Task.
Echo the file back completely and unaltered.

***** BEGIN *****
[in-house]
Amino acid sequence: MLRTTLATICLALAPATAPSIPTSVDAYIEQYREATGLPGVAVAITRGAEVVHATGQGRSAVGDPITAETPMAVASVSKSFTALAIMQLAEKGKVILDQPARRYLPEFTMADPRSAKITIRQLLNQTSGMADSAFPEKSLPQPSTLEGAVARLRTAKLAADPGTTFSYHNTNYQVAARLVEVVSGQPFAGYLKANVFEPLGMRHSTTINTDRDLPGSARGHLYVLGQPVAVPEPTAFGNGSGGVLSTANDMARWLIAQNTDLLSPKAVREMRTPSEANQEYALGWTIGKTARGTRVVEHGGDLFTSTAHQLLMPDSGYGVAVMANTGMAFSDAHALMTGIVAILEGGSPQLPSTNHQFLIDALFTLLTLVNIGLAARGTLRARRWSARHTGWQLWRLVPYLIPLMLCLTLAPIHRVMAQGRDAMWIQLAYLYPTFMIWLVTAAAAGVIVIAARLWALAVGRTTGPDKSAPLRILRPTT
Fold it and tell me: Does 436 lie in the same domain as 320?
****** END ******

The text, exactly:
[in-house]
Amino acid sequence: MLRTTLATICLALAPATAPSIPTSVDAYIEQYREATGLPGVAVAITRGAEVVHATGQGRSAVGDPITAETPMAVASVSKSFTALAIMQLAEKGKVILDQPARRYLPEFTMADPRSAKITIRQLLNQTSGMADSAFPEKSLPQPSTLEGAVARLRTAKLAADPGTTFSYHNTNYQVAARLVEVVSGQPFAGYLKANVFEPLGMRHSTTINTDRDLPGSARGHLYVLGQPVAVPEPTAFGNGSGGVLSTANDMARWLIAQNTDLLSPKAVREMRTPSEANQEYALGWTIGKTARGTRVVEHGGDLFTSTAHQLLMPDSGYGVAVMANTGMAFSDAHALMTGIVAILEGGSPQLPSTNHQFLIDALFTLLTLVNIGLAARGTLRARRWSARHTGWQLWRLVPYLIPLMLCLTLAPIHRVMAQGRDAMWIQLAYLYPTFMIWLVTAAAAGVIVIAARLWALAVGRTTGPDKSAPLRILRPTT
Fold it and tell me: Does 436 lie in the same domain as 320?